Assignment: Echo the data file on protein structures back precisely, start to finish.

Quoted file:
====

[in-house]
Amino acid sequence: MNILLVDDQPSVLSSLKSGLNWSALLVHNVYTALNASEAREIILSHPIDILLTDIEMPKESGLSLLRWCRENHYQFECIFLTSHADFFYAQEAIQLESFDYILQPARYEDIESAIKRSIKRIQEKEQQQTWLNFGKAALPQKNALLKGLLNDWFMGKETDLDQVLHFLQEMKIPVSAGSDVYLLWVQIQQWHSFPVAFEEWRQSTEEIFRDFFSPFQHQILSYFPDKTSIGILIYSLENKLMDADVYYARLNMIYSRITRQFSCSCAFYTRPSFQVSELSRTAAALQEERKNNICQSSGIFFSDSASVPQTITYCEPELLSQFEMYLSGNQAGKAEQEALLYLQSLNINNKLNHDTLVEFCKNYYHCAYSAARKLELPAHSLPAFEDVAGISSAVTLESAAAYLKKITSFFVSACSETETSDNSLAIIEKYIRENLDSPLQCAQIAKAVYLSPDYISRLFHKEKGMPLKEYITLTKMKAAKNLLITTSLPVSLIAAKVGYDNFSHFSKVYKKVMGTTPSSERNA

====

[in-house]
Amino acid sequence: MNILLVDDQPSVLSSLKSGLNWSALLVHNVYTALNASEAREIILSHPIDILLTDIEMPKESGLSLLRWCRENHYQFECIFLTSHADFFYAQEAIQLESFDYILQPARYEDIESAIKRSIKRIQEKEQQQTWLNFGKAALPQKNALLKGLLNDWFMGKETDLDQVLHFLQEMKIPVSAGSDVYLLWVQIQQWHSFPVAFEEWRQSTEEIFRDFFSPFQHQILSYFPDKTSIGILIYSLENKLMDADVYYARLNMIYSRITRQFSCSCAFYTRPSFQVSELSRTAAALQEERKNNICQSSGIFFSDSASVPQTITYCEPELLSQFEMYLSGNQAGKAEQEALLYLQSLNINNKLNHDTLVEFCKNYYHCAYSAARKLELPAHSLPAFEDVAGISSAVTLESAAAYLKKITSFFVSACSETETSDNSLAIIEKYIRENLDSPLQCAQIAKAVYLSPDYISRLFHKEKGMPLKEYITLTKMKAAKNLLITTSLPVSLIAAKVGYDNFSHFSKVYKKVMGTTPSSERNA